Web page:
Comparing A Metrical Composition Of William Shakespeare 's Lord Of The Wings And Sir Thomas Wyatt 's Whoso List
A metrical composition; a composition in verse written in certain measures, whether in blank verse or in rhyme, and characterized by imagination and poetic diction; contradistinguished from prose; as, the poems of Homer or of Milton. This is but one of Webster 's definitions of a poem. Using this definition of “poem,” this paper will compare and contrast three different poems written by three different poets; William Shakespeare 's Sonnets 116, George Herbert’s Easter Wings and Sir Thomas Wyatt’s Whoso List to Hunt.
In the poem by William Shakespeare Sonnet 116, Shakespeare writes about marriage and two people deeply connected in mind and spirit. In Sonnet 116, Shakespeare writes about commitment within marriage by saying “Which alters when it alteration finds, or bends with the remover to remove” (Pocket 481). In the passage, Shakespeare refers to one commitment above all by using the word “bend” to instruct one to not bend or give up for any reason while married. This instruction of endurance is to last no matter how difficult the marriage is and hard the times get; the couple must face them together and stand as one. Sonnet 116 declares that no man or woman shall come between the marriage, and the two united people shall never remove themselves from it.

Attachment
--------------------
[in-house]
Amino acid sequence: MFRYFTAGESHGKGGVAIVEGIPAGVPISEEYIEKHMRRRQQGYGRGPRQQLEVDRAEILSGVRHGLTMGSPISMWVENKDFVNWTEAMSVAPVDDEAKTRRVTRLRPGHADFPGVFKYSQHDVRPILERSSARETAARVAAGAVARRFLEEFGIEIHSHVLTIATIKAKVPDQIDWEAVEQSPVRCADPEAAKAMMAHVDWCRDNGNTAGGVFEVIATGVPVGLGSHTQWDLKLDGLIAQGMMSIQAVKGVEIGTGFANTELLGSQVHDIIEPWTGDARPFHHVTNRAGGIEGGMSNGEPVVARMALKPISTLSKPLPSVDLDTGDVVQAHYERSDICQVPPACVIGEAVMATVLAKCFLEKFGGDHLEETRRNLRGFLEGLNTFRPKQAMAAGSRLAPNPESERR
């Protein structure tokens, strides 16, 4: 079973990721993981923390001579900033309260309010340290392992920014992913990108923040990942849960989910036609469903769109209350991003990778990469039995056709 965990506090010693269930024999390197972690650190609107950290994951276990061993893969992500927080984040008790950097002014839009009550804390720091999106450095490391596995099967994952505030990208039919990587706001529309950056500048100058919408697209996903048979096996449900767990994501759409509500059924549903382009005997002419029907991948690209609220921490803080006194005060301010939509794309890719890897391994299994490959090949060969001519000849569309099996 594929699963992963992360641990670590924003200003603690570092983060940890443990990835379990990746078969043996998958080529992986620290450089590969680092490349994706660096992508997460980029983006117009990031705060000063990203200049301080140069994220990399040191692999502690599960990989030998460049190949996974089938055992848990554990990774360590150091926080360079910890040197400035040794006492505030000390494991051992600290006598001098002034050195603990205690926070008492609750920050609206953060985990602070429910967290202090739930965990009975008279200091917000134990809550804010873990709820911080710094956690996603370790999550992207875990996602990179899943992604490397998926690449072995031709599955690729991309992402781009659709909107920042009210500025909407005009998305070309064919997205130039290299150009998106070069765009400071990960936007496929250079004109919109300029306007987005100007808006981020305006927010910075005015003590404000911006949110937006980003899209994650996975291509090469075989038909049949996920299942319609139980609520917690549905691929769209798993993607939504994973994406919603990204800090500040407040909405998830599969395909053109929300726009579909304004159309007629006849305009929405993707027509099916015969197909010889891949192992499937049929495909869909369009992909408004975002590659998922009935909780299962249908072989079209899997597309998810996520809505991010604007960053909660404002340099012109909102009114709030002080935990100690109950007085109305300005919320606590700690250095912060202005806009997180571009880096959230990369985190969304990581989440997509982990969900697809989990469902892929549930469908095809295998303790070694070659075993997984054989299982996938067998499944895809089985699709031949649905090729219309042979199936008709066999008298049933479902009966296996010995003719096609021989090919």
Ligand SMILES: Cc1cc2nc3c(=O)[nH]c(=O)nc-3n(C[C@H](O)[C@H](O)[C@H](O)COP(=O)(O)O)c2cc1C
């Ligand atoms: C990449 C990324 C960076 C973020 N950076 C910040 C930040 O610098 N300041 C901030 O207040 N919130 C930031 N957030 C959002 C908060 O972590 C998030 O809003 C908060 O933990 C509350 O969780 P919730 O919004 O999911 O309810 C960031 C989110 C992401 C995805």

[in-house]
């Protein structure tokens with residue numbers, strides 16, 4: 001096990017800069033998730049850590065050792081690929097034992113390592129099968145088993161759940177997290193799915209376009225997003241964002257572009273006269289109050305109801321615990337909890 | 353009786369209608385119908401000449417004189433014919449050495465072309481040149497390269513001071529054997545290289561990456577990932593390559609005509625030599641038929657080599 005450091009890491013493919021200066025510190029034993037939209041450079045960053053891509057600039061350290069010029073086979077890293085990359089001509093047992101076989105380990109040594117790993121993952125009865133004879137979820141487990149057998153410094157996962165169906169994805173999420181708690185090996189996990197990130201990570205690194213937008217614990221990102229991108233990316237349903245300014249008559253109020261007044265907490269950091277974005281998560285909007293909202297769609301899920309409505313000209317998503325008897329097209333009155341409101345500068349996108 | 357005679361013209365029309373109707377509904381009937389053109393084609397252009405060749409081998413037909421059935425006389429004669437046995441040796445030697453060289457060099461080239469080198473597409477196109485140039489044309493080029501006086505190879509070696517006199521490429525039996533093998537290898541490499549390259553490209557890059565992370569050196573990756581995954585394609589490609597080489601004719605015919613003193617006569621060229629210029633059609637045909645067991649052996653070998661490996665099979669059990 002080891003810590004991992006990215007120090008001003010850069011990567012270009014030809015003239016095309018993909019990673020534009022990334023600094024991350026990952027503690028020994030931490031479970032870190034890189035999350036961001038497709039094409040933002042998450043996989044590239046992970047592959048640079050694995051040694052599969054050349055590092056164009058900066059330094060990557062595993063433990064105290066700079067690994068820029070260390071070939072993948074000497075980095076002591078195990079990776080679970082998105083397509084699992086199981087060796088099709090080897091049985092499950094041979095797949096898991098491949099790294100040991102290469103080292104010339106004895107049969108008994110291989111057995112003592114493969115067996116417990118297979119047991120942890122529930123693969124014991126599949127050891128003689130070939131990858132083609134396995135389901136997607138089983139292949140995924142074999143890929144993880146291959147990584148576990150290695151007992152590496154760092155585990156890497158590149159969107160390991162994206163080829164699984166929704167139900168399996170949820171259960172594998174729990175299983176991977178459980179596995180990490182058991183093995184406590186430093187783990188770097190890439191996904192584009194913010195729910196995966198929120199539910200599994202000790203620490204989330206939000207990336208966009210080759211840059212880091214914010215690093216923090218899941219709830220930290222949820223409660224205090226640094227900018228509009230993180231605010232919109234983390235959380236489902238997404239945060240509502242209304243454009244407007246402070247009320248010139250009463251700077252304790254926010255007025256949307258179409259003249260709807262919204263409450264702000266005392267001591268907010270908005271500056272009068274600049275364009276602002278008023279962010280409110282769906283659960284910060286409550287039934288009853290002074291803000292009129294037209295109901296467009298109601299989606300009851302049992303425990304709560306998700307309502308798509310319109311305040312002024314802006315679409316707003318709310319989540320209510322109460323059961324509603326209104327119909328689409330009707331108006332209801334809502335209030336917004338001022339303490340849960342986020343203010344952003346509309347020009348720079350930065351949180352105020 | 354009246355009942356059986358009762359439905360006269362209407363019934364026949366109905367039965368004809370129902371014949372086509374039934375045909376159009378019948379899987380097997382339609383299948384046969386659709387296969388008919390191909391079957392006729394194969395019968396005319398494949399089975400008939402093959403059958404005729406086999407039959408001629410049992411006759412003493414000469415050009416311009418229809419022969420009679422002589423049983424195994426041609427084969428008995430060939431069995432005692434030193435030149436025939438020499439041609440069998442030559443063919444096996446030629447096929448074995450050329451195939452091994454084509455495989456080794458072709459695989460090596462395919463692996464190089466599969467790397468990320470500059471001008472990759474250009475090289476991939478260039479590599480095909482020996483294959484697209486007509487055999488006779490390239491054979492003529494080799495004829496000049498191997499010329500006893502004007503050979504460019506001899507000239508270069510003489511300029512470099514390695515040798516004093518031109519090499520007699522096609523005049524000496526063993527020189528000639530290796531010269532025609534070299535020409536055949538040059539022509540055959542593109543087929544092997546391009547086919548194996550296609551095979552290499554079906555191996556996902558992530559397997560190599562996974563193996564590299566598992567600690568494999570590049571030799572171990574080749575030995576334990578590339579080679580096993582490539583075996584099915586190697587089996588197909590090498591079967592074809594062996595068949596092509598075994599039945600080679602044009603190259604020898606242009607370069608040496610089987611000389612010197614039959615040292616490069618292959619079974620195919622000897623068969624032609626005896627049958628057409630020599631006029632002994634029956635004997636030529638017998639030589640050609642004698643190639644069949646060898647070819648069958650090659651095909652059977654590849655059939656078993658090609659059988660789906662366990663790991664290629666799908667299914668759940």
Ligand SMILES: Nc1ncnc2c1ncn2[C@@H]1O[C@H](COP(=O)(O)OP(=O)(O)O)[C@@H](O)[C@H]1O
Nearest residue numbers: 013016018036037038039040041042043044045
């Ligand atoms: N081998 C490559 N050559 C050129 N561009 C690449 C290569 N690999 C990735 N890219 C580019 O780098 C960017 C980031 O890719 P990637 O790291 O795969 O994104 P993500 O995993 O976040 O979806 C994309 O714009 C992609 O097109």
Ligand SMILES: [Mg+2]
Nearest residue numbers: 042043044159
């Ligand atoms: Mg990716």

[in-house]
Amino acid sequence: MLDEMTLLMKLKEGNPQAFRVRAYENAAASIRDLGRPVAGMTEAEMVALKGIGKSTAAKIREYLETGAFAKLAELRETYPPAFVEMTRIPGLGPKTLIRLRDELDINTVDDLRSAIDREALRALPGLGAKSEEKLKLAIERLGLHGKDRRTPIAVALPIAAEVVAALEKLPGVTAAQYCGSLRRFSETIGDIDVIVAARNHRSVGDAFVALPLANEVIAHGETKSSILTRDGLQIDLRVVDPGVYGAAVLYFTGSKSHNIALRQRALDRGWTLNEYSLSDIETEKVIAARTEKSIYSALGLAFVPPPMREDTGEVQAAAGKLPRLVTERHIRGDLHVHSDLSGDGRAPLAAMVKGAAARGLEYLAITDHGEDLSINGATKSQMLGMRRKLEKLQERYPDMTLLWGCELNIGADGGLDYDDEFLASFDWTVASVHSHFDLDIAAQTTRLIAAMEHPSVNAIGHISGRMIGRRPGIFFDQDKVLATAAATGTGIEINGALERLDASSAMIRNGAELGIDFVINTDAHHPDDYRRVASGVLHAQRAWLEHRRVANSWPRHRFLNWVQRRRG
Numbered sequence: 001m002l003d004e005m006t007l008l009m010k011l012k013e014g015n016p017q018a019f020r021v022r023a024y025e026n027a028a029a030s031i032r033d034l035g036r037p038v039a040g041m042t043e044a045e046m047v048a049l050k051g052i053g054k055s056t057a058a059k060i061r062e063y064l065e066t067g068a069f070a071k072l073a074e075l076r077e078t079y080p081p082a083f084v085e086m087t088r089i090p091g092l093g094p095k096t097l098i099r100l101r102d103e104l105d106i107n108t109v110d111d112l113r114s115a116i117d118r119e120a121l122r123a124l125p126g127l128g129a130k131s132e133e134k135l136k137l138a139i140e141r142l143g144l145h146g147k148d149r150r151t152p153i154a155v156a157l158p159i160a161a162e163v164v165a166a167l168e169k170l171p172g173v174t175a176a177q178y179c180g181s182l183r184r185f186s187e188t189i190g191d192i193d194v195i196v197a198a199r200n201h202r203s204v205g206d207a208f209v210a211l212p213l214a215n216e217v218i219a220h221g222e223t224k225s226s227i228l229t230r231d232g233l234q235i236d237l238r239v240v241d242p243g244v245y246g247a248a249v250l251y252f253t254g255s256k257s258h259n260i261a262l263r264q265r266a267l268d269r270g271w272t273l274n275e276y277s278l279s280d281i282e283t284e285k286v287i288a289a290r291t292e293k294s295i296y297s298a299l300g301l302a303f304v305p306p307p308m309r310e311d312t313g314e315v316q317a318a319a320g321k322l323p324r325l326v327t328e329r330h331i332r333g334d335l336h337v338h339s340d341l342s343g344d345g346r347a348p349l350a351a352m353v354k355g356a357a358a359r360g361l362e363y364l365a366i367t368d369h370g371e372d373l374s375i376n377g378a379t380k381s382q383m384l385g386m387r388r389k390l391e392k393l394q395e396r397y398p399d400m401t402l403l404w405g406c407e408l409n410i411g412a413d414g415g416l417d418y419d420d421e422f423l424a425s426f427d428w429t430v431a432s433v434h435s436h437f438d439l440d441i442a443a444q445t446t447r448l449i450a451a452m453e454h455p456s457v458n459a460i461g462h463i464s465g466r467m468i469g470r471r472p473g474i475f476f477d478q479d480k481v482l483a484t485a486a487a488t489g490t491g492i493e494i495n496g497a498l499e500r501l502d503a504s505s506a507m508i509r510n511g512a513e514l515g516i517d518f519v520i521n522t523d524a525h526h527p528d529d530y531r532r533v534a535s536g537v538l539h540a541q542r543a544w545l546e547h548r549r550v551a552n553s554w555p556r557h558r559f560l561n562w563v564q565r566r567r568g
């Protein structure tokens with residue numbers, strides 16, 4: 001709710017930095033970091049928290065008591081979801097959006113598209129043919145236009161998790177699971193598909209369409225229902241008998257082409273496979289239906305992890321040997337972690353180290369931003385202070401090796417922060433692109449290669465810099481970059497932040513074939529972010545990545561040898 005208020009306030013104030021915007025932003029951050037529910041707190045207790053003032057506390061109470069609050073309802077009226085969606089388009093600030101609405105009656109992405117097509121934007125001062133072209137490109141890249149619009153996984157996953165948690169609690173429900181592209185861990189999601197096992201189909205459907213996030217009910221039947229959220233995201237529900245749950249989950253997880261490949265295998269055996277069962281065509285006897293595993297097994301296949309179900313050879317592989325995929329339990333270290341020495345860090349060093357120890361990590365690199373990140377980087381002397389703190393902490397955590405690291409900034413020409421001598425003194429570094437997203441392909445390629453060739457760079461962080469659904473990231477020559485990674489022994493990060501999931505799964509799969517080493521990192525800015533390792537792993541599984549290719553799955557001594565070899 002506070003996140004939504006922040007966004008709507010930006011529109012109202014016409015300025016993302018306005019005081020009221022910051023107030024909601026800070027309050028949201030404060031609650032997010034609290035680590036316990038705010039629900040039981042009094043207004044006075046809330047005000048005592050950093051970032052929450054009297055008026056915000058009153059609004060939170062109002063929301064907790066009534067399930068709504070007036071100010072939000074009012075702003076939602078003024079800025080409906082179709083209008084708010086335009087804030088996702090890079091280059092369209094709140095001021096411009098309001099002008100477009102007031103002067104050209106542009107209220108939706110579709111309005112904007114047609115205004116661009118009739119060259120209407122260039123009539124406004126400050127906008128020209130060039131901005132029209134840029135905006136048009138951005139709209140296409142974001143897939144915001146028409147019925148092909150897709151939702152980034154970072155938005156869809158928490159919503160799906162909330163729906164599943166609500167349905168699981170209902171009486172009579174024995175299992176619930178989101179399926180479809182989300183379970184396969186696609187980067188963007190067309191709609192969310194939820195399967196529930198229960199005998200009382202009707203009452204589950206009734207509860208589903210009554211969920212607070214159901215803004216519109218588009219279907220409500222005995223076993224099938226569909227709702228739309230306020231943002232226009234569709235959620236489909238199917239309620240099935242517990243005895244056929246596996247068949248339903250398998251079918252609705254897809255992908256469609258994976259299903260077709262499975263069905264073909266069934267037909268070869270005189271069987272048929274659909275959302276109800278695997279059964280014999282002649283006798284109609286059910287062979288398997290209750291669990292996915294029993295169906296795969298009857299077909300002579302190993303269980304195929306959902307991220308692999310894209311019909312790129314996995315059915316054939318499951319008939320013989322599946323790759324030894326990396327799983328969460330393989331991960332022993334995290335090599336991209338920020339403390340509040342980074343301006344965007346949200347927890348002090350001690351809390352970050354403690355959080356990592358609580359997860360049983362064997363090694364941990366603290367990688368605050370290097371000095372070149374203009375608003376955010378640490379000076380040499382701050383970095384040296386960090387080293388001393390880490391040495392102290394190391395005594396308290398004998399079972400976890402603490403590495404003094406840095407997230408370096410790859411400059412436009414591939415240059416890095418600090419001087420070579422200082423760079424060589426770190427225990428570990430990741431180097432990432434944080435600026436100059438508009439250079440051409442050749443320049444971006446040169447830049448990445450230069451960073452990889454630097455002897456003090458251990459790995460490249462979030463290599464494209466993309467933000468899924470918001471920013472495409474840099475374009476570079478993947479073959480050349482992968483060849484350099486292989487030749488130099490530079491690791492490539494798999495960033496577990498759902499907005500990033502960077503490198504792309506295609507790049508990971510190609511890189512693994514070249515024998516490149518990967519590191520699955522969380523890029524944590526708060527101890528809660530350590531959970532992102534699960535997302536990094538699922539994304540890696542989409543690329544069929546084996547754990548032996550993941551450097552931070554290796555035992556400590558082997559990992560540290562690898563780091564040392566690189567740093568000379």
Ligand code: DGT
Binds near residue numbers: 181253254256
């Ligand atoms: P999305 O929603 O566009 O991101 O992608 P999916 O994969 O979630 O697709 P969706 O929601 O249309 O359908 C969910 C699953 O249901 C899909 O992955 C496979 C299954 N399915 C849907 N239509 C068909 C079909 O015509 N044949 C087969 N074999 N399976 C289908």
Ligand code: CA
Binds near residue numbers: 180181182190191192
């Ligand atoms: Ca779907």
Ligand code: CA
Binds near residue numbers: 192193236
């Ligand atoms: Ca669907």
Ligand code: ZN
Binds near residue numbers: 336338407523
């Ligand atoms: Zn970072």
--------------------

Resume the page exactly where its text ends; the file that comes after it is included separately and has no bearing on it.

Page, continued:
This entire poem is about commitment within marriage. It speaks about not allowing anything to break the marital bond not even old age or sickness. The united couple must stand together and not allow…